On such facts, the Court observed: “Although the respondent/wife left the house tangibly on her own yet the circumstances, as appears from the evidence, are such that the wife/respondent had to leave the house of the petitioner/husband under compelling reasons due to the torture meted out to her although such fact was not disclosed in so many words in her petition. No attempt by the petitioner/husband to take her back and also not providing maintenance during her separate stay for a long time is indicative of lack of persuasion on his part although an effort to persuade would have been the course usually adopted by any husband.”

In the circumstances aforesaid, the High Court was of the opinion that the finding in the impugned order that the respondent was entitled to maintenance was correct. It was, however, held that the petitioner would pay the amount of maintenance as directed, not from the date of application before the Sub-Divisional Judicial Magistrate; but only from the date of order passed by the Additional Sessions Judge. Order was made accordingly. [Pradip Das Sarkar v. Uma Sarkar, 2019 SCC OnLine Gau 5017, decided on 07-11-2019]

Case BriefsHigh Courts

Bombay High Court: In a civil application filed by an ex-wife for reimbursement of her child’s educational expenses in Australia amounting to Rs 1.2 crores among other things, a division bench comprising of Akil Kureshi and S.J. Kathawalla, JJ. observed that if a divorced husband is not consulted by his ex-wife on the decision concerning the education of their child, he is not liable to bear the entire cost for the educational expenses.

The Bench opined that when a ward is being sent abroad for education which entails considerable expenditure, the concurrence of both parents, particularly one who is expected to bear the expenditure, is necessary. The Court further stated that the husband certainly has a right to inquire about the university where the child is admitted, the course being pursued, the aptitude of the child in the particular branch of education etc and therefore it would not be fair if the applicant-wife took a unilateral decision of such magnitude and simply sent the bill for the expenditure to the father.

The Court refused to let husband bear full expenses of his ward’s foreign education but looking at his financial capacity and since his daughter was performing well at her course in Australia, found it appropriate to direct him to bear a part of his daughter’s expenses amounting to Rs 25 Lakhs towards the said cause. [Sheetal v. Deepak Govindram Bhatija, 2019 SCC OnLine Bom 3822, decided on 17-10-2019]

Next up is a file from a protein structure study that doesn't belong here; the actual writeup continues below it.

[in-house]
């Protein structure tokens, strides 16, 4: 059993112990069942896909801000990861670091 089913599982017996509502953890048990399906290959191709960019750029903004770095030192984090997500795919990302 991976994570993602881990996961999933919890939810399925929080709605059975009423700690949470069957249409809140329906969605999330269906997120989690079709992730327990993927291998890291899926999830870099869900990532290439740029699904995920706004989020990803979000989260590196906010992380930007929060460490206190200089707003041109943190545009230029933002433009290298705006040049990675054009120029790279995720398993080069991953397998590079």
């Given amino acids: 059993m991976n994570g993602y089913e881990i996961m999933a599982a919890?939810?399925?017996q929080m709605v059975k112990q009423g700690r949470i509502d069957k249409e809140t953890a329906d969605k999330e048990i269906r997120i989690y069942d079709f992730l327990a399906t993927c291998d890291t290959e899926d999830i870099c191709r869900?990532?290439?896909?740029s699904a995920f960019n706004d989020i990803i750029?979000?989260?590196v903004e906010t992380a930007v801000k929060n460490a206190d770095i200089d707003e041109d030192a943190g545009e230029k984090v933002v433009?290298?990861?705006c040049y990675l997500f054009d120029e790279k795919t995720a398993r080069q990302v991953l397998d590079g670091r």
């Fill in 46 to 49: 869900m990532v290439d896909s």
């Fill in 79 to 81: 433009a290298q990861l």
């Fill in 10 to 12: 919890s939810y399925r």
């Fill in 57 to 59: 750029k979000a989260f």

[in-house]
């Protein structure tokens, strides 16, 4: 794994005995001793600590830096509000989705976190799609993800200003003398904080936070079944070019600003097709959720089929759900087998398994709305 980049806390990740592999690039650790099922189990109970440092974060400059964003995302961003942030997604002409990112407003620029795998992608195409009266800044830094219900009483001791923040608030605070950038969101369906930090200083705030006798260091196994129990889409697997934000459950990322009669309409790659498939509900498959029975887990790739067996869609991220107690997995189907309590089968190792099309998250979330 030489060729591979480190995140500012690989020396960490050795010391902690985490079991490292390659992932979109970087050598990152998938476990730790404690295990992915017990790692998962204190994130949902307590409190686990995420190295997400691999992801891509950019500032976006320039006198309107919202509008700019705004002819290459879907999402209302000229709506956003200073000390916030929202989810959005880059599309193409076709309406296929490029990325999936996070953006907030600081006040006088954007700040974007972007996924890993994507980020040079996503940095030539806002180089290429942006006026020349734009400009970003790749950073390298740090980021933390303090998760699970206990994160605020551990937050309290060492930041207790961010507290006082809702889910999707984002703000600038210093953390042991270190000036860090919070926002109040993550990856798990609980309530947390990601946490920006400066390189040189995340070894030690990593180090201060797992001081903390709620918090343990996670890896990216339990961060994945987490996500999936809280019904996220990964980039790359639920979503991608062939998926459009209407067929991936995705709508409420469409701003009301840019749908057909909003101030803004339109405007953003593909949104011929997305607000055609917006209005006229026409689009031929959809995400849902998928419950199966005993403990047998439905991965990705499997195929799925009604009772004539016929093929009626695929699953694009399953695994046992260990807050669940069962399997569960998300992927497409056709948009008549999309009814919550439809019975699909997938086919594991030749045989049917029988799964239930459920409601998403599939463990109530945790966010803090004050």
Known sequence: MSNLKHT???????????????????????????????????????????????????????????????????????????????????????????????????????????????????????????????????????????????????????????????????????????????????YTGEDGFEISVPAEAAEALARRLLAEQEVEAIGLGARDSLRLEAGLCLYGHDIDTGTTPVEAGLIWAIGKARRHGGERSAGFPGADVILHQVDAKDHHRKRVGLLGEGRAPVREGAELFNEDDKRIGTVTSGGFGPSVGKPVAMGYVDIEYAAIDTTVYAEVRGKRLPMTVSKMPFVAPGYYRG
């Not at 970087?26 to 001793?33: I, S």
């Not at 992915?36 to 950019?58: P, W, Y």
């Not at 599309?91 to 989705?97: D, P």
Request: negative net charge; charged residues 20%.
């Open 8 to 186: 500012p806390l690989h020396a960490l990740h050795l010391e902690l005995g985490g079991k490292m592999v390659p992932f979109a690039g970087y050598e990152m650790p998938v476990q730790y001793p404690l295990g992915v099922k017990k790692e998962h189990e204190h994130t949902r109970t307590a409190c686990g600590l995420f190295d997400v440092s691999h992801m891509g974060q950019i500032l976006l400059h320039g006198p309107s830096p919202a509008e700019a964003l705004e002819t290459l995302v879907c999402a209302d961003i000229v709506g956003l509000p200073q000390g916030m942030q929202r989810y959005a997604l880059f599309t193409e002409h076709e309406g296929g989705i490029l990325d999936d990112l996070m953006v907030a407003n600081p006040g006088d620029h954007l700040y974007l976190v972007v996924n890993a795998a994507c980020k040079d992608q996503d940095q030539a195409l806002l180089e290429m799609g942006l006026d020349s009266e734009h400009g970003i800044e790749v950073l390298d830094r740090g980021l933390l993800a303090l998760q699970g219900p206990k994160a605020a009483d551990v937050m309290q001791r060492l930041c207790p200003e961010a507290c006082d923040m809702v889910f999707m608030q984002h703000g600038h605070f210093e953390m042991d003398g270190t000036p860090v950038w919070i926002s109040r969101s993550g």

Case BriefsHigh Courts

Patna High Court: Ahsanuddin Amanullah, J. set aside the maintenance awarded to the respondent under Section 125 CrPC as the respondent is able to maintain herself.

In the pertinent case, the petitioner moved to this Court against the impugned order wherein Rs 3,000 per month maintenance was awarded in favour of the respondent, the ex-wife of the petitioner and Rs 2,000 per month each in favour of their children. The counsel for the petitioner submitted that the respondent has already been divorced by him and she herself is a teacher earning sufficiently to maintain herself. He also contended that the application was under Section 125 of the CrPC, is invoked by the Court only when the wife is unable to maintain herself, and in the present case, the wife herself earning sufficient amount is able to maintain herself, and, thus, the application under Section 125 of the Code was not fit to be allowed in her favour. 

The counsel for the respondent submitted that the respondent is a contractual teacher and payments are not made on a regular basis and, thus, she also requires financial support.

High Court held that the maintenance allowed in the favour of the respondent under Section 125 of the Code requires to be interfered with as the same is to be awarded to a wife, which includes a woman who has been divorced, only if she is unable to maintain herself and in the present case, the respondent is able to maintain herself hence, the same not being fulfilled, the Court set aside the order awarding Rs 3,000 per month as maintenance to the respondent.

The Court did not interfere with the award of maintenance of Rs 2000 per month to the children. [Masud Ahmed v. State of Bihar, 2019 SCC OnLine Pat 1880, decided on 14-10-2019]

Case BriefsHigh Courts

Karnataka High Court: Alok Aradhe, J. admitted the petitions under Article 227 of the Constitution of India for quashment of the order of the Judge of the Principal Family Court, Bengaluru.